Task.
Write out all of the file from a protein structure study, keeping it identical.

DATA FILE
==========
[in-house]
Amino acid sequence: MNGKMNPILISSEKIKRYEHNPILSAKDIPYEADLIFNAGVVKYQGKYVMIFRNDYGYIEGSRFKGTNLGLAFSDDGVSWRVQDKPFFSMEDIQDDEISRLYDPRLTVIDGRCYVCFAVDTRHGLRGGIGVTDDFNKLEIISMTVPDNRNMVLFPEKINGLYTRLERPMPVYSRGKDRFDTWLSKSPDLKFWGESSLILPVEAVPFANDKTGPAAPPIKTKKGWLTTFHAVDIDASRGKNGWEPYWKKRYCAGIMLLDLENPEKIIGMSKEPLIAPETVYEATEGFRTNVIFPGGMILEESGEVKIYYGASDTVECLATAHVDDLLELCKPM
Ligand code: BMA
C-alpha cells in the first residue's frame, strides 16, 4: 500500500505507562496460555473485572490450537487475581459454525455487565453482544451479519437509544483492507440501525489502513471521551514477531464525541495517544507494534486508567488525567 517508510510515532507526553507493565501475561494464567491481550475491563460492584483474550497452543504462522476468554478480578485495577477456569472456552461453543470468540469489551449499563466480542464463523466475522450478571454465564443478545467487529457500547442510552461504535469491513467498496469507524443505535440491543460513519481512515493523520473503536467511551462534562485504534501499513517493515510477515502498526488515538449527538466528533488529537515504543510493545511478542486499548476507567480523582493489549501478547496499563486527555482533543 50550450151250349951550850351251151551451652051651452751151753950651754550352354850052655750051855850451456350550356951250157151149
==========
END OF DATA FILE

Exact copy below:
[in-house]
Amino acid sequence: MNGKMNPILISSEKIKRYEHNPILSAKDIPYEADLIFNAGVVKYQGKYVMIFRNDYGYIEGSRFKGTNLGLAFSDDGVSWRVQDKPFFSMEDIQDDEISRLYDPRLTVIDGRCYVCFAVDTRHGLRGGIGVTDDFNKLEIISMTVPDNRNMVLFPEKINGLYTRLERPMPVYSRGKDRFDTWLSKSPDLKFWGESSLILPVEAVPFANDKTGPAAPPIKTKKGWLTTFHAVDIDASRGKNGWEPYWKKRYCAGIMLLDLENPEKIIGMSKEPLIAPETVYEATEGFRTNVIFPGGMILEESGEVKIYYGASDTVECLATAHVDDLLELCKPM
Ligand code: BMA
C-alpha cells in the first residue's frame, strides 16, 4: 500500500505507562496460555473485572490450537487475581459454525455487565453482544451479519437509544483492507440501525489502513471521551514477531464525541495517544507494534486508567488525567 517508510510515532507526553507493565501475561494464567491481550475491563460492584483474550497452543504462522476468554478480578485495577477456569472456552461453543470468540469489551449499563466480542464463523466475522450478571454465564443478545467487529457500547442510552461504535469491513467498496469507524443505535440491543460513519481512515493523520473503536467511551462534562485504534501499513517493515510477515502498526488515538449527538466528533488529537515504543510493545511478542486499548476507567480523582493489549501478547496499563486527555482533543 50550450151250349951550850351251151551451652051651452751151753950651754550352354850052655750051855850451456350550356951250157151149